Note that my results went from ~640 to ~540 wpm. I think it is because I didn't train for 2 weeks between the last two sessions--perhaps consistency would have put my score around the 700 wpm.
This is just too funny
Friday, September 15, 2006
...[because] you're different.
I thought this was just weird
Since I don't have cable, I get to watch whatever is on the local channel. Renee likes to watch Desperate Housewives, and so I watch and have grown to like the show (just don't tell anyone).
So I found this show, Amas De Casa Desesperada
, quite...I don't know...weird.
Latin America gets a few of the North American shows untouched, however, some are actually translated. I, personally, couldn't imagine watching "The Simpsons" translated into Spanish. There would be too much lost in translation: what about all those North American pop-culture references? And what about "Doh!"? So many questions that in the end it would make the show unfunny.
Anyway, I didn't know that Spanish networks actually did adaptations of popular shows. I watched the trailer of this adaptation and the shows seems to be the same, with the only change being the actors. At the bottom of the page it does say that the show is based on the original Despereate Housewives, so it is assumed that this is some sort of "franchise." I wonder what they would call Seinfeld? "Sinfil"?
One more from here to here
Tuesday, September 05, 2006
This time, the first "here" is thanks to Rembrandt
. He was a prolific self-portraitist, leaving behind him around 100 on them, all of different ages and periods--either he was practicing, or he really liked himself
I have here another biblical scene: The Adoration of the Shepherds, which was painted (or completed) in 1646:
And once again, behold Helnwein's The Adoration of the Shepherds, painted in 1998 (oil and acrylic on canvas following the same theme of The Adoration of Magi
From Here to Here
Saturday, September 02, 2006
The first "here" is here: Adoration of the Magi (1496) by Filippino Lippi.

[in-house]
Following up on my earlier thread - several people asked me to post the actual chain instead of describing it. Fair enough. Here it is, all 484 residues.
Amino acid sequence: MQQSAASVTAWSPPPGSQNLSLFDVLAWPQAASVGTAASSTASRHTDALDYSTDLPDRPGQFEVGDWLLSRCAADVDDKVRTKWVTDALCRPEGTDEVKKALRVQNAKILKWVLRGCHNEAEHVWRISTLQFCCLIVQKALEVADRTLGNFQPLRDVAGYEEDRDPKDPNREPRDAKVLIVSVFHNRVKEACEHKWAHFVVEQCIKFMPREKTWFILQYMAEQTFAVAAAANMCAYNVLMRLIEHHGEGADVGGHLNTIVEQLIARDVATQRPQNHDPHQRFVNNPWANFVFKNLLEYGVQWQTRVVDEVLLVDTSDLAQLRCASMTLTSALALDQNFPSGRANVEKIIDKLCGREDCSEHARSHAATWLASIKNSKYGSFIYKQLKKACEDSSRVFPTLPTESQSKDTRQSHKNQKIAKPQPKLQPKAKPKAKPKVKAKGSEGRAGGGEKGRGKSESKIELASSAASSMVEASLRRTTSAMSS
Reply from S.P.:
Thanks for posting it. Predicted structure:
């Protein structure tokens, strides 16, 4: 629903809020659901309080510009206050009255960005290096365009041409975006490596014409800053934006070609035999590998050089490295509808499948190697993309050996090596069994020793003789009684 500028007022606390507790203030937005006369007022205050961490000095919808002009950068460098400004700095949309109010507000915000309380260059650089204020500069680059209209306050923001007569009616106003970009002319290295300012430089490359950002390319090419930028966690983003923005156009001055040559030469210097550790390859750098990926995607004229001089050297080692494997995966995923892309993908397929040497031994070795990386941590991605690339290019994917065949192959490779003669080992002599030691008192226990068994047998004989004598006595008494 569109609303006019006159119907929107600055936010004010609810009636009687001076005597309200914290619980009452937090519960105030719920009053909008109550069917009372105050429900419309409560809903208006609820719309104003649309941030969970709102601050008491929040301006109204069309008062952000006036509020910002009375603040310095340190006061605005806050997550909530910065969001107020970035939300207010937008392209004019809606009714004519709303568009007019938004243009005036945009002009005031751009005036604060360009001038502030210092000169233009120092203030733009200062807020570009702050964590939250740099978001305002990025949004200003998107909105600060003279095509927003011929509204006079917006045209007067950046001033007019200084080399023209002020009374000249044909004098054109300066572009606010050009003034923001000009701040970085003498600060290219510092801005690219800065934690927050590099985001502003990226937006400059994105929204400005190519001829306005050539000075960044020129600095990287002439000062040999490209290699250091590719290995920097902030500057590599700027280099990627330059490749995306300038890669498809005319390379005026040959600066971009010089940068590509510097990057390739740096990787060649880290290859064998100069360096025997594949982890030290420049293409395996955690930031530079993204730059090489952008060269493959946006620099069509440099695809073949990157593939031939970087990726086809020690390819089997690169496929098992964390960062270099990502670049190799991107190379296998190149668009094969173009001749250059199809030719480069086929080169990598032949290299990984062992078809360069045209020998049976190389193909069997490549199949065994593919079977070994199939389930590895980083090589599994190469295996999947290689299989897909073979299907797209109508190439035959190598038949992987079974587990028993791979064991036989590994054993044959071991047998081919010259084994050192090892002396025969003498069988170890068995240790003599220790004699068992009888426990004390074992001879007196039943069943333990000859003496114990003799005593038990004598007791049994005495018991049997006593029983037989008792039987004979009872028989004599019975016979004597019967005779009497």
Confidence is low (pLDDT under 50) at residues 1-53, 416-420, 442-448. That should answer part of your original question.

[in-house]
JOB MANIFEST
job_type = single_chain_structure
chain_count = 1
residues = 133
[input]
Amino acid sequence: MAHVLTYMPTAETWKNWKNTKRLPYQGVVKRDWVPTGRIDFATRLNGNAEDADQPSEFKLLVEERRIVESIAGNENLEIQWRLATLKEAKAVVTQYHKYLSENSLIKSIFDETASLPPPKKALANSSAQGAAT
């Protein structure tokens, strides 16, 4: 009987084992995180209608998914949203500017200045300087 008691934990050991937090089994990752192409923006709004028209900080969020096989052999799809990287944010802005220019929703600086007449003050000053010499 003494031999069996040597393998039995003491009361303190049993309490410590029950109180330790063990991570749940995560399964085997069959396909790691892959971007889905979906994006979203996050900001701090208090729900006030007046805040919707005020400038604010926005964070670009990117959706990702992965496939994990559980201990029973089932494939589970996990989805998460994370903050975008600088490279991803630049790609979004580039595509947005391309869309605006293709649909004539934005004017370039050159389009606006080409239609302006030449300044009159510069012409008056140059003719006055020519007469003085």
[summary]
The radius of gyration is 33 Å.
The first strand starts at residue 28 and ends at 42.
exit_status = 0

And the last "here" is here: Epiphany (Adoration of the Magi) 1996 by Gottfried Helnwein.
The theme of the paintings is the same, yet the story and motive behind them are quite different.
As we all know, high renaissance painters were paid by religious leaders to create specific imagery to show how powerful and wholly they were. In the first instance, da Vinci was commissioned the original Adoration of the Magi, however, he was known to be a bit of procrastinator and he didn't like to finish commissioned painting. In the end, the final version (the one above) was completed in 1496, by Filippino Lippi
In our modern times, artists' sustenance is different. Mainly, artists can sell their wares to the highest bidder. And their motives are also different: for some, the main objective of art creation is fame and fortune; for others, the objective is to shock and preach to a decadent society of the things that we keep doing wrong and by their artistic efforts bring us back to the righteous path. Art, some argue (including Margaret Atwood in her essay "The Writer's Responsibility") should be the voice of the voiceless for social change. A bit arrogant, I think, but to each its own.
In the latter category, I found Gottfried Helnwein
, of the hyperrealism movement. According to his wikipedia entry
, he "is a conceptual artist, concerned primarily with psychological and sociological anxiety, historical issues and political topics. As a result of this, his work is often considered provocative and controversial." (Try to go through all his works
to understand what this statement really means.)
By the way, if you noticed the completion dates, you would be correct to count 500 years difference between them. Considering Helnwein body of work, I don't think his 1996 completion date is entirely coincidental. Is there a meaning behind the date? Probably, but you will have to ask him. On the other hand, there were quite a few "Adoration of Magi" paintings
and I am just putting too much thought into the two I found the most interesting. But then again, art is very subjective and I have chosen to give meaning to these two works of art and hence find the 500 years relevant.